Cross-Device Tracking: a privacy invasive tracking method

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Marketing companies are always on the lookout for new methods to track user activity on the Internet. These information are used to display targeted advertisement to users which have a better return than less-targeted ads.

The more a company knows about a user, the higher the return and that is the main reason why companies step up the tracking game despite public outcry about it and the rise of ad-blockers.

In fact, tracking is one of the core reasons — the other is invasive ads — that users install ad-blockers on their devices.

Cross-Device Tracking is yet another ingenious method to track users. As the name suggests, it has the capability to track users across devices. This is done by using high-frequency sounds that are inaudible to the human ear.

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The method links devices such as web browsers, mobile devices or TVs through the use of these sounds and browser cookies resulting in a combined tracking profile of the user across devices instead of just individual devices.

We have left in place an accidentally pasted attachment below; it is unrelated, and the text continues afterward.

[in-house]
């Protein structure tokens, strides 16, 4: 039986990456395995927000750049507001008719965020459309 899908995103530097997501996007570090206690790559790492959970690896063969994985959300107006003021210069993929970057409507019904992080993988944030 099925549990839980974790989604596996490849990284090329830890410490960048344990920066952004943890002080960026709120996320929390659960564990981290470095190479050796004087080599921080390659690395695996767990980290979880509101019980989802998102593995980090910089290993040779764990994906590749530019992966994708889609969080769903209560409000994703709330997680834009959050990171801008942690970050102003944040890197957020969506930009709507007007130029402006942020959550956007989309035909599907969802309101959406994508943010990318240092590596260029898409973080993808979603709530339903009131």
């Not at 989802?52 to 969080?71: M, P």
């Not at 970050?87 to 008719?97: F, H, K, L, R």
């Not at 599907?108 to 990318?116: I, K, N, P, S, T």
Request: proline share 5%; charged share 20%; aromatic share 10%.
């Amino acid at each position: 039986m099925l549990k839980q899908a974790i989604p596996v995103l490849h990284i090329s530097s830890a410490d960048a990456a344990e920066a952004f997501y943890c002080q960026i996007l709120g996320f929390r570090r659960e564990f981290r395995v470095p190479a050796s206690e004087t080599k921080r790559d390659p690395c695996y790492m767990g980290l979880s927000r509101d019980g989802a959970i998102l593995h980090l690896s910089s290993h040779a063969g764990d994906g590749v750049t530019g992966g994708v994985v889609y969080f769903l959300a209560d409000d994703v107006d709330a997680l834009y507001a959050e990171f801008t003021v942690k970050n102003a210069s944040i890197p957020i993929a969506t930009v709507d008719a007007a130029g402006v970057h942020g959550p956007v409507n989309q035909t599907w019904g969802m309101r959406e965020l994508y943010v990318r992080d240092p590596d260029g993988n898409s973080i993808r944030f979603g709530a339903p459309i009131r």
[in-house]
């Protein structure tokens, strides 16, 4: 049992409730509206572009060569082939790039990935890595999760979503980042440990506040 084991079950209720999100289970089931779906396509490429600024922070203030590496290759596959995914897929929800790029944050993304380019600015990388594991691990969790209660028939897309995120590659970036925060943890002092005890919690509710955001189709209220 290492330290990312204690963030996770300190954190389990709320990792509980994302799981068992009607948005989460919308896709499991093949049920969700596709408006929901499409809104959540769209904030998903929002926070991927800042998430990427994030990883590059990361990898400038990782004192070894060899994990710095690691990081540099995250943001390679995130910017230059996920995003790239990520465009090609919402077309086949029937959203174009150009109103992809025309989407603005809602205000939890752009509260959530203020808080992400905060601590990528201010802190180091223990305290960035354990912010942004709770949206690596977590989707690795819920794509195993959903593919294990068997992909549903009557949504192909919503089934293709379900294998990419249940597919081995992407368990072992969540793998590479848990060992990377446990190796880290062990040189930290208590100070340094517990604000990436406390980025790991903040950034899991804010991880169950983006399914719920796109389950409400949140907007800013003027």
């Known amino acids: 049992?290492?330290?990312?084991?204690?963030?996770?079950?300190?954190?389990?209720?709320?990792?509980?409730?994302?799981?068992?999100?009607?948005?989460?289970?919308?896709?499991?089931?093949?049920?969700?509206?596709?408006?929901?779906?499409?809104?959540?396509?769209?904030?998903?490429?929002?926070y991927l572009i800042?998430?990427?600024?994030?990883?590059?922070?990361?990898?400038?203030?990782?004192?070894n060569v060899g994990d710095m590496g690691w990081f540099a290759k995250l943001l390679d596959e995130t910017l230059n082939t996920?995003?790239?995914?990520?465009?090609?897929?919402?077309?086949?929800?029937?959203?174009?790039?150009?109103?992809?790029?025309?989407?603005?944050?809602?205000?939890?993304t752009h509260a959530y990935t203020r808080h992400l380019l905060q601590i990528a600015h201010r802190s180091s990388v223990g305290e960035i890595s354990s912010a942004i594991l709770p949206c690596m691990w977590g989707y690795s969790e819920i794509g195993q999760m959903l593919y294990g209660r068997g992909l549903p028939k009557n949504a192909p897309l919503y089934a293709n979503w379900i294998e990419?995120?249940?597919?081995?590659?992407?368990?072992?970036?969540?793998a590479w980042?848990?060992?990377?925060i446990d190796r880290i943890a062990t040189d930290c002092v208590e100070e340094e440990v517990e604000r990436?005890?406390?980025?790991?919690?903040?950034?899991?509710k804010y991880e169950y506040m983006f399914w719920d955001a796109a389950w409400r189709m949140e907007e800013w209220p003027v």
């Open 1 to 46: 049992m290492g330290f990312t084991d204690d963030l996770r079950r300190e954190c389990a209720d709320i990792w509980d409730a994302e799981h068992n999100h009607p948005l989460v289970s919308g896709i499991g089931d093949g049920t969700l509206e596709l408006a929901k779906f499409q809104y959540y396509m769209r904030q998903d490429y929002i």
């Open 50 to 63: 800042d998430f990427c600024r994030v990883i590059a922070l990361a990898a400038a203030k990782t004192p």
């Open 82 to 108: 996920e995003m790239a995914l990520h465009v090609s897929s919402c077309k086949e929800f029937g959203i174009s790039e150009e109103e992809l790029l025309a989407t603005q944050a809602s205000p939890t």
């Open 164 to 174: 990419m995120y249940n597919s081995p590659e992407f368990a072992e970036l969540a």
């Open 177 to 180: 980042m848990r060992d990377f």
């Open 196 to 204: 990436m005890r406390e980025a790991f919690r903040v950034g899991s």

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The technique allows companies to track users even more, as they know for instance for how long TV ads are watched.

SilverPush, one of the companies that uses cross-device tracking, monitors 18 million smartphones already as of April 2015.

For those who are tracked, it is nearly impossible to tell if they are. These companies don’t offer opt-outs and there is no software available that blocks the transmission of high-frequency audio signals. Furthermore, it is unclear which apps, ads or companies make use of the technology. The technique is limited by distance first and foremost.

It seems as well that only apps are used currently to pick up these audio signals, and that ads on the PC and TVs are merely used to push out these signals.

The CDT letter of SilverPush revealed some information, including that the company’s software is used on 67 apps, and that “more than a dozen marketing companies” use cross-device tracking.

One recourse that users have is to limit microphone access on their mobile devices. The main issue here is that this is not available by default on many devices. While there are apps available that block the microphone altogether, they may cause usability issues as the microphone needs to be enabled for phone calls for instance.

It is interesting to note that Cross-Device Tracking resembles badBios, a malware discovered in 2013 that uses inaudible sounds to bridge air-gapped computer systems. (via Ars Technica)


Article Name

Cross-Device Tracking: a privacy invasive tracking method


Martin Brinkmann


After browser cookies and fingerprinting comes a new privacy-invasive tracking method called cross-device tracking.

About Martin Brinkmann

Martin Brinkmann is a journalist from Germany who founded Ghacks Technology News Back in 2005. He is passionate about all things tech and knows the Internet and computers like the back of his hand. You can follow Martin on Facebook, Twitter or Google+

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